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152481: Is it permissible to rent an apartment to two Christian women, with whom there is a Christian man who is not related to them?


There is an apartment that is rented by two Christian women, with whom is a Christian man, who is not related to them (i.e., he is not their mahram). Is the rent halaal or haraam, and is it permissible to use that money for ‘umrah? Is it permissible to rent to them in the first place?

Published Date: 2017-12-16

Praise be to Allah

It is not permissible to rent property to someone of whom it is known from his circumstances, or it is thought most likely, that he will use the place to commit sin or help others in doing so. That is because Allah, may He be exalted, says (interpretation of the meaning):

“And cooperate in righteousness and piety, but do not cooperate in sin and aggression”

[al-Maa’idah 5:2].

If he does that, the rental contract is invalid, and the landlord cannot keep the rent; rather he must give it in charity, because it is unlawful wealth that is not permissible for him.

Shaykh al-Islam Ibn Taymiyah (may Allah have mercy on him) said: It is not right to sell to one who intends to do haraam with (the purchased items), such as juice which will be used to make wine, if he knows that is the case, as is the view of Ahmad and others, or if he thinks that this is likely, which is one of the two views. This is supported by the view of his companions, who said: If the landlord thinks that the renter is renting the house for sinful purposes, such as selling alcohol and the like, it is not permissible for him to rent that house out to him, and the rent contract is not valid. Selling and renting are the same. End quote from al-Fataawa al-Kubra (5/388). 

If he rented the apartment to them as a residence, and he did not know that they wanted it for sinful purposes, then there is no sin on him, and the rent is lawful for him, but after that, if he finds out that they are committing sin in the apartment, he should tell them not to do that, and when the rental period expires, he should not renew the rental contract with them.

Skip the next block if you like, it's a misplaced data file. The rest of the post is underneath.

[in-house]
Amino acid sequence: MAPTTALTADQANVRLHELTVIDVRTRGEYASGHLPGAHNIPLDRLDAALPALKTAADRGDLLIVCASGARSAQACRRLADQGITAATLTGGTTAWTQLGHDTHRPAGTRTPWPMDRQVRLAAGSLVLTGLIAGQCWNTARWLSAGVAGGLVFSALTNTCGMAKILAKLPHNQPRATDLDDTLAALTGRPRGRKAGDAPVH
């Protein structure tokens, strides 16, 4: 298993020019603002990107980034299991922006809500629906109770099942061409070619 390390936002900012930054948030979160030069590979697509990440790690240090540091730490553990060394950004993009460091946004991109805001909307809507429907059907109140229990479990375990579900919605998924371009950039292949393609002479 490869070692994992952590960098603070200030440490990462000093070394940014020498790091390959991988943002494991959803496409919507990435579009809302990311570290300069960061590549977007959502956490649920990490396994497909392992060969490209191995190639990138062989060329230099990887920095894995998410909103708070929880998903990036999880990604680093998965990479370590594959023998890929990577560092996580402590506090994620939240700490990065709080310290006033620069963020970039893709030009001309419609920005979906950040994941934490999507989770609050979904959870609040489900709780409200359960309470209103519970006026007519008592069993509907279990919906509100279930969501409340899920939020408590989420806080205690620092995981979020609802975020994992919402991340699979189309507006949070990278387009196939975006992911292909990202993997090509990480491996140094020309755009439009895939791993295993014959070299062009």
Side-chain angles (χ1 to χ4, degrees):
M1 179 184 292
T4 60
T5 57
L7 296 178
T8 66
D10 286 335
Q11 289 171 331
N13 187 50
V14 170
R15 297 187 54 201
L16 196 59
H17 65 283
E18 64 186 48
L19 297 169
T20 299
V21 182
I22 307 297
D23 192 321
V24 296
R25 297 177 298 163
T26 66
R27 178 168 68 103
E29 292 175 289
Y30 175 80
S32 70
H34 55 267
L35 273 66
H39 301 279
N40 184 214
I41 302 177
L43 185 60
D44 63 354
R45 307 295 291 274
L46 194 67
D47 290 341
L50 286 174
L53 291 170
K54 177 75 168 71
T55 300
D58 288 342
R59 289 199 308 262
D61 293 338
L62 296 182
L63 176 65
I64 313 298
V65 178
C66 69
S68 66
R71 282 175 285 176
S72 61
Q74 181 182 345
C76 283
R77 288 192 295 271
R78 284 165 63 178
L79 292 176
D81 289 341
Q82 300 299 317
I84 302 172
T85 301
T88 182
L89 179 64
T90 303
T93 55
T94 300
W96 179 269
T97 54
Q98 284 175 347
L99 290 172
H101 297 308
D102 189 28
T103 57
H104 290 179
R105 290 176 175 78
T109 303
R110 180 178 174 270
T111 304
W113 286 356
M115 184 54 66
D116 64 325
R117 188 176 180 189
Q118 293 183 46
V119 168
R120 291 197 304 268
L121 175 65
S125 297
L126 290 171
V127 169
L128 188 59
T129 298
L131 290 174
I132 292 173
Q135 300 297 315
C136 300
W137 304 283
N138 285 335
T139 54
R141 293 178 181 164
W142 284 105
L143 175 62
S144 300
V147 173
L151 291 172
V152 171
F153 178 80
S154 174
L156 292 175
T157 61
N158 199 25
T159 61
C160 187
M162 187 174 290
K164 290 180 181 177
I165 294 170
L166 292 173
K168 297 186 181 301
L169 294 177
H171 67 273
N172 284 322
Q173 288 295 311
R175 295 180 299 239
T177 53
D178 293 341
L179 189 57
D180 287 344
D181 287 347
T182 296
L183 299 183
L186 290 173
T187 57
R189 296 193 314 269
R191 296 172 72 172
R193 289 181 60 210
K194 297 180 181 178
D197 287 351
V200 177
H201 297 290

As-Sarkhasi (may Allah have mercy on him) said: There is nothing wrong with a Muslim renting a property to a dhimmi for the latter to live in, then if he drinks alcohol there, or worships the cross, or bring pork into it, there is no sin on the Muslim for any of that, because he did not rent it out for that purpose; the sin is the action of the tenant, and his action was not intended by the landlord, so there is no sin on the landlord in that case. End quote.

Al-Mabsoot (16/39).

The scholars of the Standing Committee for Issuing Fatwas were asked:

Is it permissible to rent houses to the people of the Book and to evildoers among the Muslims? Because some of the scholars regard that as haraam, based on the fact that the kitaabi will disbelieve in Allah in this house, and he will worship the cross there, and eat pork and drink alcohol; and based on the fact that the evildoer will drink alcohol there, and he will listen to music.

They replied:

The basic principle is that it is permissible to rent houses to people of the Book who have a covenant with the Muslims and are under Muslim protection, but if the landlord knows or thinks it most likely that this place will be used for things that Allah has forbidden, such as selling alcohol, gambling and the like, then it is haraam [to rent the place to them], because that comes under the heading of helping or cooperating in sin and transgression, whether the tenant is a disbeliever or a sinner, and whether what is rented to him is a house, or a shop, or anything else. That is because Allah, may He be exalted, says (interpretation of the meaning):

“And cooperate in righteousness and piety, but do not cooperate in sin and aggression”

[al-Maa’idah 5:2].

End quote.

Fataawa al-Lajnah ad-Daa’imah (14/487-486].

Shaykh Ibn ‘Uthaymeen (may Allah have mercy on him) said:

If someone rents a house from you, intending to put a stage in it for idle entertainment, then renting it to him is haraam. But if he rents it from you to live in it, then he puts a stage in it for idle entertainment, then renting it to him is not haraam. The difference is that in the first case, he rented it for the purpose of committing an unlawful action, and in the second case he rented it for a permissible purpose, but then he committed an unlawful action in it. End quote.

Sharh al-Kaafi (4/15).

Based on that, in the first scenario, in which the rent is haraam, it is not permissible for the landlord to keep it or benefit from it, or to use it for ‘umrah; rather he must give it in charity.

In the second scenario, in which the rent is halaal, there is nothing wrong with him using it for ‘umrah.

And Allah knows best.

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